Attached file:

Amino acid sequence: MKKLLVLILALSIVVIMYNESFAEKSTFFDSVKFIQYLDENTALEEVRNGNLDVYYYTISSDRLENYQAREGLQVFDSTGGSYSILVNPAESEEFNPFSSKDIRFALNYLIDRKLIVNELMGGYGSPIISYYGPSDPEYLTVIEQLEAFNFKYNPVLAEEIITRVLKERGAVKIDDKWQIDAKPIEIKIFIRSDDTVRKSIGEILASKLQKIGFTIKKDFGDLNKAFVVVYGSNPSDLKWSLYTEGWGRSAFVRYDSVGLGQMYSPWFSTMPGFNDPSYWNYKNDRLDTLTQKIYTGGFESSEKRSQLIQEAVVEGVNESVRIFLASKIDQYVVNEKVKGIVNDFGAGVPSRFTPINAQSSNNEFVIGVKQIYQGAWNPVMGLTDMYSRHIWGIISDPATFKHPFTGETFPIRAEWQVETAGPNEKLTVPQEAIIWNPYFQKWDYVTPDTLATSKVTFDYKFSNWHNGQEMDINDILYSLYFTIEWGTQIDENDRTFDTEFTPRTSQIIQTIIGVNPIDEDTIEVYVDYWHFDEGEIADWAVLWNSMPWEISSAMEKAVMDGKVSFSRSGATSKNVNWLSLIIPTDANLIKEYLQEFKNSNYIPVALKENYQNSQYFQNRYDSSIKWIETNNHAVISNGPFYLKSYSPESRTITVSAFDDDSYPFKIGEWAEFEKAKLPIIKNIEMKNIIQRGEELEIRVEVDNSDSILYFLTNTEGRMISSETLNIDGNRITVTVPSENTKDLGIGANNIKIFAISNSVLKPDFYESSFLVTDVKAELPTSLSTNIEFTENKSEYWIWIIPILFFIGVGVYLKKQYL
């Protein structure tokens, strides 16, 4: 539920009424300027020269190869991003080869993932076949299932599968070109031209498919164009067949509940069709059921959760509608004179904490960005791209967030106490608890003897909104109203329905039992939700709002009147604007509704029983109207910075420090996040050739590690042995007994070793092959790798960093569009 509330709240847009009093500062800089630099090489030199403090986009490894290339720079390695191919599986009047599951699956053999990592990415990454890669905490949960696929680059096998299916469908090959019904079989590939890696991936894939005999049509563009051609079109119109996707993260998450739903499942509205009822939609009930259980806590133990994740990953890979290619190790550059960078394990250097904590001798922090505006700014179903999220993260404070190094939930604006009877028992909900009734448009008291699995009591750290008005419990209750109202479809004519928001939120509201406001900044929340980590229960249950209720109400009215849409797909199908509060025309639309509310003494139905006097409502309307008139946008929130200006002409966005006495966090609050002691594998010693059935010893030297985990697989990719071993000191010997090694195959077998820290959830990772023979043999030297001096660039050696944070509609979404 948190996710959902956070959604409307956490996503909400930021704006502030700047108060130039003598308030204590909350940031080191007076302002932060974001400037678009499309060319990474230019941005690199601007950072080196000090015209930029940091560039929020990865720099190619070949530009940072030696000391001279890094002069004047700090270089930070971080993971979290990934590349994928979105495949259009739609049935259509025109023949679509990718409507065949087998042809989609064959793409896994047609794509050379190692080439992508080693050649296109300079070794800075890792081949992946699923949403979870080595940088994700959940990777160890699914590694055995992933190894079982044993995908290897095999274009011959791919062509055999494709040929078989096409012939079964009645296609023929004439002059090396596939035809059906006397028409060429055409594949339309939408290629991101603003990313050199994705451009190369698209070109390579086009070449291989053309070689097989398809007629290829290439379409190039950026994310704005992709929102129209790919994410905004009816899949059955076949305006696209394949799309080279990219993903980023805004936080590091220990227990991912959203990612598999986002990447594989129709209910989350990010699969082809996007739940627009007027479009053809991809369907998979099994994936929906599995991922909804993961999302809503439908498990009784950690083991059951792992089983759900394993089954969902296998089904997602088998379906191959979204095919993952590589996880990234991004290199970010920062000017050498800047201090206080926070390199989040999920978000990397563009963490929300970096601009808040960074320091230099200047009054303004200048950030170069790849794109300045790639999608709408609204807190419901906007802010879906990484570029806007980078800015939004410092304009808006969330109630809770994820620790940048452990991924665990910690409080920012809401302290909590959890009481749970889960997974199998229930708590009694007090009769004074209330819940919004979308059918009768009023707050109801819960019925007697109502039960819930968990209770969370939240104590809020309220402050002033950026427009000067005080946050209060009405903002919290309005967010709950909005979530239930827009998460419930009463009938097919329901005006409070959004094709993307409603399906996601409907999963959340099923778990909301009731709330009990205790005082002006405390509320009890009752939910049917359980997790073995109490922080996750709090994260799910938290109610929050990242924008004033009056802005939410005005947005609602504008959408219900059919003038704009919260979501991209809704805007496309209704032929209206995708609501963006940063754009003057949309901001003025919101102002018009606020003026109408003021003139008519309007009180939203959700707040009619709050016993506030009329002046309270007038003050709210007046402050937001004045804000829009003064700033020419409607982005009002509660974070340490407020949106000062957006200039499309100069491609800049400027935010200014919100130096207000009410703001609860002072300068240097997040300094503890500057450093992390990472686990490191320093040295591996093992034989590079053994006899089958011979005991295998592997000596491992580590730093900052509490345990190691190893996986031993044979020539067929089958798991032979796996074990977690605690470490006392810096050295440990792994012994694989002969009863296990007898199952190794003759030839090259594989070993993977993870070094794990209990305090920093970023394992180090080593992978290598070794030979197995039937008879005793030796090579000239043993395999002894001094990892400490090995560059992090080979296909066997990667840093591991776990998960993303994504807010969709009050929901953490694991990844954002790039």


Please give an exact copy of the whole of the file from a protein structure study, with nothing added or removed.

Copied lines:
Amino acid sequence: MKKLLVLILALSIVVIMYNESFAEKSTFFDSVKFIQYLDENTALEEVRNGNLDVYYYTISSDRLENYQAREGLQVFDSTGGSYSILVNPAESEEFNPFSSKDIRFALNYLIDRKLIVNELMGGYGSPIISYYGPSDPEYLTVIEQLEAFNFKYNPVLAEEIITRVLKERGAVKIDDKWQIDAKPIEIKIFIRSDDTVRKSIGEILASKLQKIGFTIKKDFGDLNKAFVVVYGSNPSDLKWSLYTEGWGRSAFVRYDSVGLGQMYSPWFSTMPGFNDPSYWNYKNDRLDTLTQKIYTGGFESSEKRSQLIQEAVVEGVNESVRIFLASKIDQYVVNEKVKGIVNDFGAGVPSRFTPINAQSSNNEFVIGVKQIYQGAWNPVMGLTDMYSRHIWGIISDPATFKHPFTGETFPIRAEWQVETAGPNEKLTVPQEAIIWNPYFQKWDYVTPDTLATSKVTFDYKFSNWHNGQEMDINDILYSLYFTIEWGTQIDENDRTFDTEFTPRTSQIIQTIIGVNPIDEDTIEVYVDYWHFDEGEIADWAVLWNSMPWEISSAMEKAVMDGKVSFSRSGATSKNVNWLSLIIPTDANLIKEYLQEFKNSNYIPVALKENYQNSQYFQNRYDSSIKWIETNNHAVISNGPFYLKSYSPESRTITVSAFDDDSYPFKIGEWAEFEKAKLPIIKNIEMKNIIQRGEELEIRVEVDNSDSILYFLTNTEGRMISSETLNIDGNRITVTVPSENTKDLGIGANNIKIFAISNSVLKPDFYESSFLVTDVKAELPTSLSTNIEFTENKSEYWIWIIPILFFIGVGVYLKKQYL
């Protein structure tokens, strides 16, 4: 539920009424300027020269190869991003080869993932076949299932599968070109031209498919164009067949509940069709059921959760509608004179904490960005791209967030106490608890003897909104109203329905039992939700709002009147604007509704029983109207910075420090996040050739590690042995007994070793092959790798960093569009 509330709240847009009093500062800089630099090489030199403090986009490894290339720079390695191919599986009047599951699956053999990592990415990454890669905490949960696929680059096998299916469908090959019904079989590939890696991936894939005999049509563009051609079109119109996707993260998450739903499942509205009822939609009930259980806590133990994740990953890979290619190790550059960078394990250097904590001798922090505006700014179903999220993260404070190094939930604006009877028992909900009734448009008291699995009591750290008005419990209750109202479809004519928001939120509201406001900044929340980590229960249950209720109400009215849409797909199908509060025309639309509310003494139905006097409502309307008139946008929130200006002409966005006495966090609050002691594998010693059935010893030297985990697989990719071993000191010997090694195959077998820290959830990772023979043999030297001096660039050696944070509609979404 948190996710959902956070959604409307956490996503909400930021704006502030700047108060130039003598308030204590909350940031080191007076302002932060974001400037678009499309060319990474230019941005690199601007950072080196000090015209930029940091560039929020990865720099190619070949530009940072030696000391001279890094002069004047700090270089930070971080993971979290990934590349994928979105495949259009739609049935259509025109023949679509990718409507065949087998042809989609064959793409896994047609794509050379190692080439992508080693050649296109300079070794800075890792081949992946699923949403979870080595940088994700959940990777160890699914590694055995992933190894079982044993995908290897095999274009011959791919062509055999494709040929078989096409012939079964009645296609023929004439002059090396596939035809059906006397028409060429055409594949339309939408290629991101603003990313050199994705451009190369698209070109390579086009070449291989053309070689097989398809007629290829290439379409190039950026994310704005992709929102129209790919994410905004009816899949059955076949305006696209394949799309080279990219993903980023805004936080590091220990227990991912959203990612598999986002990447594989129709209910989350990010699969082809996007739940627009007027479009053809991809369907998979099994994936929906599995991922909804993961999302809503439908498990009784950690083991059951792992089983759900394993089954969902296998089904997602088998379906191959979204095919993952590589996880990234991004290199970010920062000017050498800047201090206080926070390199989040999920978000990397563009963490929300970096601009808040960074320091230099200047009054303004200048950030170069790849794109300045790639999608709408609204807190419901906007802010879906990484570029806007980078800015939004410092304009808006969330109630809770994820620790940048452990991924665990910690409080920012809401302290909590959890009481749970889960997974199998229930708590009694007090009769004074209330819940919004979308059918009768009023707050109801819960019925007697109502039960819930968990209770969370939240104590809020309220402050002033950026427009000067005080946050209060009405903002919290309005967010709950909005979530239930827009998460419930009463009938097919329901005006409070959004094709993307409603399906996601409907999963959340099923778990909301009731709330009990205790005082002006405390509320009890009752939910049917359980997790073995109490922080996750709090994260799910938290109610929050990242924008004033009056802005939410005005947005609602504008959408219900059919003038704009919260979501991209809704805007496309209704032929209206995708609501963006940063754009003057949309901001003025919101102002018009606020003026109408003021003139008519309007009180939203959700707040009619709050016993506030009329002046309270007038003050709210007046402050937001004045804000829009003064700033020419409607982005009002509660974070340490407020949106000062957006200039499309100069491609800049400027935010200014919100130096207000009410703001609860002072300068240097997040300094503890500057450093992390990472686990490191320093040295591996093992034989590079053994006899089958011979005991295998592997000596491992580590730093900052509490345990190691190893996986031993044979020539067929089958798991032979796996074990977690605690470490006392810096050295440990792994012994694989002969009863296990007898199952190794003759030839090259594989070993993977993870070094794990209990305090920093970023394992180090080593992978290598070794030979197995039937008879005793030796090579000239043993395999002894001094990892400490090995560059992090080979296909066997990667840093591991776990998960993303994504807010969709009050929901953490694991990844954002790039």